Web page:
There are many things that say Christmas is on the way – ice skating rinks popping up everywhere, getting the Holidays Are Coming tune stuck in your head and the mad dash for Black Friday bargains – but nothing says the festive season like Stir-up Sunday.
This year it falls on November 25th, which means you’ve not got much time to get your ingredients together. Officially the time of year when you mix up your Christmas pudding or cake, giving it plenty of time to mature before the big day, there are loads of nice traditions that go with it.
If you’ve never had a family Stir-up Sunday before, now’s the time to get in on the action. It’s a great excuse to get everyone together before the craziness of the festive period starts. Traditionally, Christmas pudding is prepared on Stir-up Sunday, but in some households it’s the cake that gets baked on this day and if you’re feeling adventurous you can do both.
Your main preparation for Stir-up Sunday should be deciding what to make and stocking up on all the ingredients. If you’re going to stick with tradition and made a Christmas pudding then you need a good recipe. This one from Baking with Granny has a few more things in it than the original 13 – to represent Jesus and the disciples – but is pretty classic in its approach.
Another tradition is to hide a surprise in the Christmas pudding. This is often a sixpence and whoever finds it on December 25th gets good luck, but some people go even further with a whole heap of charms. The coin is for wealth, a wishbone for luck, a thimble for thrift, a ring for marriage and an anchor for safe harbour.
If you manage to gather all these things together by Sunday, then make sure you give them a good clean before popping them in the mix. Also, remember to tell everyone on Christmas Day that they’re there to avoid broken teeth or someone swallowing their luck by mistake.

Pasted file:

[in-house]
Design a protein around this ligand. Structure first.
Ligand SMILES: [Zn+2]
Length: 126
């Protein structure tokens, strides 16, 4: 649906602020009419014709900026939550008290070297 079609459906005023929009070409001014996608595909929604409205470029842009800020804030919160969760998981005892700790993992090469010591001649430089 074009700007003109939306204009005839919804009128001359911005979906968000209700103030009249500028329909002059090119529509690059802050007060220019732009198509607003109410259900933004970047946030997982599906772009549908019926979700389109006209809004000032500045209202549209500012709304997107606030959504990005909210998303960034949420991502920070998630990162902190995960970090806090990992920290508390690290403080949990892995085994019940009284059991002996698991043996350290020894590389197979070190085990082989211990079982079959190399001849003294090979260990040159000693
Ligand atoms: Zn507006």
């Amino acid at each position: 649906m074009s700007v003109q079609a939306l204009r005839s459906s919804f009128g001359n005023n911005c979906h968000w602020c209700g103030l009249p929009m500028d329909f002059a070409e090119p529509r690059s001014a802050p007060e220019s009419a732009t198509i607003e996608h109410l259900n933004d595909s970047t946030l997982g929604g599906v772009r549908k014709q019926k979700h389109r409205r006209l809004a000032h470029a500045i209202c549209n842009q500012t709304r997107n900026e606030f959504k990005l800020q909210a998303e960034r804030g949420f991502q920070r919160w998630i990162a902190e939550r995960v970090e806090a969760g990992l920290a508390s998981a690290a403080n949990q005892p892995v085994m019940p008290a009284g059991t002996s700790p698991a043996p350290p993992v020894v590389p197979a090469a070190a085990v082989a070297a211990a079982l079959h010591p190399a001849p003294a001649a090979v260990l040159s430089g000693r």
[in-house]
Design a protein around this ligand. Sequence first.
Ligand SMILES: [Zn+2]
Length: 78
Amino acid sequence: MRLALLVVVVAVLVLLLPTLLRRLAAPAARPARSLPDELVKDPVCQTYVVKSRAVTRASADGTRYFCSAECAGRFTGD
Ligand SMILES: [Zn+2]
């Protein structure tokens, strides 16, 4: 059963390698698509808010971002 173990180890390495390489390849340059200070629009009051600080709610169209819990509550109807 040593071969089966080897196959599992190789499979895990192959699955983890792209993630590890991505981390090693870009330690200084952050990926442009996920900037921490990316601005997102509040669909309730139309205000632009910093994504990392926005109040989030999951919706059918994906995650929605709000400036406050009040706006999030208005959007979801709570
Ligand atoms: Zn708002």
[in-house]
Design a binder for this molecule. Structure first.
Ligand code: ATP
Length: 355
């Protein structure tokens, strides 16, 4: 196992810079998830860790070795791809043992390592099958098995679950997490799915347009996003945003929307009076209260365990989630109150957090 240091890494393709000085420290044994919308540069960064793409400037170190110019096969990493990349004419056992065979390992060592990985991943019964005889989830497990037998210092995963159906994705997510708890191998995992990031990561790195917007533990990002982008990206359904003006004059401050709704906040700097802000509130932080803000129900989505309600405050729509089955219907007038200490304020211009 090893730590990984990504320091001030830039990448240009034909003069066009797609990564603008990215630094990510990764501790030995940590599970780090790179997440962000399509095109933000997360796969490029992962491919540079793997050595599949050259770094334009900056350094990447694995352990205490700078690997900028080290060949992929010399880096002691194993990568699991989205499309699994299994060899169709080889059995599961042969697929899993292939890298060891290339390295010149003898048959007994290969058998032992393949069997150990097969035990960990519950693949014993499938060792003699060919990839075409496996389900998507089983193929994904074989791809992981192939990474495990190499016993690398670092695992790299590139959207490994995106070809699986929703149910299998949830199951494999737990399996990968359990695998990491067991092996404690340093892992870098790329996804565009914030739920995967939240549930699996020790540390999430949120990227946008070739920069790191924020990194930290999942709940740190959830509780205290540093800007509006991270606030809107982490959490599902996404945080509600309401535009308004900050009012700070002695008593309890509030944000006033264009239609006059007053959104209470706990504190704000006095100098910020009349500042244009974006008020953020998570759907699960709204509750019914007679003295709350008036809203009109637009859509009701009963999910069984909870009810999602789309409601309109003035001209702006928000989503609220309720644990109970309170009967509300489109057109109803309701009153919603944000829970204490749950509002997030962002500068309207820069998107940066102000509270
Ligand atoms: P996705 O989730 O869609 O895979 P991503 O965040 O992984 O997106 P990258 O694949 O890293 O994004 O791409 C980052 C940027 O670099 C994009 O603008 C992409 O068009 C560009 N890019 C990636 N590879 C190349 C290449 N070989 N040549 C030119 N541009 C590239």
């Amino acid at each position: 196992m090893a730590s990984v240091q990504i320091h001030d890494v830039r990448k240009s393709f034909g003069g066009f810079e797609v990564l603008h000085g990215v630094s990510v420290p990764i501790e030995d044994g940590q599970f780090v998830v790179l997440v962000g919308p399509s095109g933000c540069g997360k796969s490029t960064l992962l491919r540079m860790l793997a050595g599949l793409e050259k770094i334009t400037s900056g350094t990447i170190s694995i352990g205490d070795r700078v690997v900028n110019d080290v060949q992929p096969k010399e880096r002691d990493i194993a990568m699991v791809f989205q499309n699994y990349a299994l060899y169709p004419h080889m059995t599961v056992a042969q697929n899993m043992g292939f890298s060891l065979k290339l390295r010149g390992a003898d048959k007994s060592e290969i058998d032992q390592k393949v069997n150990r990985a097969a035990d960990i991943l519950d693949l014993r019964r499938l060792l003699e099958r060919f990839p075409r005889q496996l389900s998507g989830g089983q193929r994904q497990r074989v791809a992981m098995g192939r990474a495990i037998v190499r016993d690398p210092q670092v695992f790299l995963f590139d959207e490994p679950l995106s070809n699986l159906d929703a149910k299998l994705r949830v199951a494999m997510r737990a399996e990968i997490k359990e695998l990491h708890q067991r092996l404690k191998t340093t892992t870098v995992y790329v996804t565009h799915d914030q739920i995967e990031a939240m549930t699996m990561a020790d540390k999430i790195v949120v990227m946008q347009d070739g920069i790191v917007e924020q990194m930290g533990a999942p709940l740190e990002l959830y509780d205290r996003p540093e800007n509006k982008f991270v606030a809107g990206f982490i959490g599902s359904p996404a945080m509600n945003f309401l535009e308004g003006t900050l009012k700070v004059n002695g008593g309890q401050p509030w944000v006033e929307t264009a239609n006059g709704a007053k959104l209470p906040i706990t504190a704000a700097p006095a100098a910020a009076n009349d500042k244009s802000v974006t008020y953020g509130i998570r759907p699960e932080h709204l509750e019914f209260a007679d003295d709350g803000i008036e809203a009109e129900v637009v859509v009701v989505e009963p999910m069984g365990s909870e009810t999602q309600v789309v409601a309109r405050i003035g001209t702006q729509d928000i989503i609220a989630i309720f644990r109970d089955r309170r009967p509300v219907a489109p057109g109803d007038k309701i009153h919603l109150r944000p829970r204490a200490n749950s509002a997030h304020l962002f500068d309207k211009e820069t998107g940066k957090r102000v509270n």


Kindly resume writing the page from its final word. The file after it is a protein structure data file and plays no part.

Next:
Not everyone likes fruit cake, but if you do, then a beautifully decorated creation is likely to take pride of place on your Christmas table. In many families, there’s a tried and tested recipe that’s been passed down through the generations. If you haven’t got one, then pinch this version from the English Mum for a rich and fruity cake.
Once you’ve made your cake, you might want to feed it over the next few weeks in the run up to Christmas. This is a strange way of saying that you’ll poke holes in it and drizzle with rum or brandy to ramp up the Christmas cheer on the big day.
The all-important stirring
Christmas puddings and cakes are made with really stiff mixtures, which makes stirring a tough job. This means it’s passed around everyone in the family to have a go and help out. Nobody knows, but maybe the idea of getting to make a wish as you stir was a way of convincing unwilling family members to do their share of the mixing.
Apparently, the bowl should be passed from east to west to represent the direction the Wise Men travelled in to visit the baby Jesus. You won’t find this instruction on most recipes, but it’s a nice tradition to follow.
Get everyone in the Christmas spirit
Of course, if you’ve got everyone round to do some stirring, then you’ll need to have some refreshments to keep them going. Make up a big batch of mulled wine, like this from The Petite Cook and you’ll find you’ll have lots of willing volunteers for Stir-up Sunday next year too.